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Operations Research Models and Methods
Computation Section
Subunit Dynamic Programming Examples
 - Revenue Management Solution

Clicking the Transfer to DP Solver button on the model worksheet creates the solver worksheet and transfers the five lists to the data portion of the worksheet. The upper-left corner of the worksheet is shown below. The full worksheet can be seen by downloading the revenue.xls workbook. The information in column B shows the summary with the initial conditions.

solver worksheet
The state list for the problem shows the Value solution for the first step. This is the last day before the plane leaves. It is optimum to open registration to all classes regardless of the number of seats full. The state values are all the same. This is the expected revenue for the last day only.
solver dialog

Clicking the Solve button presents the Solver Dialog. For a finite horizon problem, set the number of iterations to the time horizon. Each iteration describes the passage of one day. We initialize the state values to 0 because no additional revenue can be earned after the plane leaves. The probabilities do not play a role for finite time horizon problems.

Select the All button in the Show Iterations panel. The intermediate results are important for finite horizon problems.

display dialog
Clicking the OK button on the Solve dialog presents a dialog for selecting the intermediate information to display. For this problem we choose to show only the actions. The set of actions for the 30 days describe the optimum policy.
iteration 30

After 30 steps, the state display shows the optimum policy for 30 days before the flight leaves. This is the first day for accepting reservations for the flight. Assuming that one begins with zero seats full, only the first row of the table is important. The optimum policy is to open reservations for classes 1 and 2.

The value in the first row, $202.38, is the expected revenue for the flight. This is higher than the operating cost of $180, so the optimum policy results in a positive net profit.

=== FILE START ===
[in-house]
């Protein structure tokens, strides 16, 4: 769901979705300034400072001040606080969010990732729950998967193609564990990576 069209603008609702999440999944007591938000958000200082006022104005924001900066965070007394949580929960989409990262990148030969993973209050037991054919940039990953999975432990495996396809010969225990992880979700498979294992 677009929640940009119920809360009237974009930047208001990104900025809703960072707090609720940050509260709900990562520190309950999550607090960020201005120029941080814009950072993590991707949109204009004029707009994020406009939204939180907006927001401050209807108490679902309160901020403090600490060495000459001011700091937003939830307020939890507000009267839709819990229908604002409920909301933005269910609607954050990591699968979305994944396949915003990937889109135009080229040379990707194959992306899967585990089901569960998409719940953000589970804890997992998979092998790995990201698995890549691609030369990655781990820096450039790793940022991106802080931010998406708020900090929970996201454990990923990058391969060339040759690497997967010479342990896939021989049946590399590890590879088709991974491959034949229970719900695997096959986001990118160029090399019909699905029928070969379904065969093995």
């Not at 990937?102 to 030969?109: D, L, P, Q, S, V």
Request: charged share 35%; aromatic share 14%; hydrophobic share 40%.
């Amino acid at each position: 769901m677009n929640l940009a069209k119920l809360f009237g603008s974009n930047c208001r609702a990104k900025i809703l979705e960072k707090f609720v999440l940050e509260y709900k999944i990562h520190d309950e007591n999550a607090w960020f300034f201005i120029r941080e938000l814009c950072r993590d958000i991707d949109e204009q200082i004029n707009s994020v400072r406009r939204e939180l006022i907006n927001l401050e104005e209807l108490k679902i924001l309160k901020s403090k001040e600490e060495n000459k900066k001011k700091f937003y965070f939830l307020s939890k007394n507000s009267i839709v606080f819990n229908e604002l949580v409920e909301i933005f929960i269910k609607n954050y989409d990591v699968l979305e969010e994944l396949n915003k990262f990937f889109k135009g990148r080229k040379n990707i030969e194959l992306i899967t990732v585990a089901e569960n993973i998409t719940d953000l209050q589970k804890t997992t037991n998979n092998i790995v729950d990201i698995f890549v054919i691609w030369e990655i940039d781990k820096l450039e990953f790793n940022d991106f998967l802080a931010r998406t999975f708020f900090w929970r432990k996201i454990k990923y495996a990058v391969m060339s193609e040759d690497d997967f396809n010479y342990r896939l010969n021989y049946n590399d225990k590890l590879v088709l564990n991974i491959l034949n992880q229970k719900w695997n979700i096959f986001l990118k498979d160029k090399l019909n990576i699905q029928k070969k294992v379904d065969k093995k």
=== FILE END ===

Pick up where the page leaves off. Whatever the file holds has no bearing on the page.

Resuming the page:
The remaining lines show the optimum policies and expected revenues for more seats full. This is equivalent to evaluating the optimum policies for smaller planes.


Optimum Policy for All Days

  The States worksheet displays the optimum policy for all days. After adding conditional formatting to the cells, the optimum policy is clearly displayed by the colors on the chart below. Although the model does not change over time, the policy changes quite markedly to reflect the finite horizon of the problem.
optimum policy


Time Variable Arrival Rates


In a more realistic representation, the model will change over time when different classes of customers have time-variable arrival rates. Model Rev1on the example worksheet describes this kind of model. Because the solver worksheet shows the entire model explicitly, modifications of the model can be implemented using functions of the step number. For this case we use the tables below to describe the variable arrival rates.

time variable data

The table at the top shows the arrival rates by class during five time intervals. The first column (Col. D, labeled 0) shows the arrival rate for buckets 1 through 2. The second column shows the arrival rates for buckets 3 through 7, and so on. The current day is in cell I2. This number is transferred from B12 on the solver worksheet. The current arrival rates are in cells I5 through I7. They are obtained from using an Excel Lookup function. The arrival rate is transferred to the tables below. Ultimately, the bottom table computes the transition probabilities for each event under each actions. Action 4 is the null action and event 4 is the null event.

The probabilities are transferred to the transition probability column on the solver worksheet using the INDEX function. Now as the iterations progress, the transition probabilities depend on the bucket number. The policy now reflects the new model. The figure below shows the optimum policy over the time horizon. It is never optimal to offer the class 3 ticket.

optimum policy Rev1




Finite time horizon problems can be solved using the DP Solver add-in by performing Value iterations for a fixed number of steps. The optimum policy over time is obtained by recording the optimum action at each step.

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Operations Research Models and Methods
by Paul A. Jensen
Copyright 2004 - All rights reserved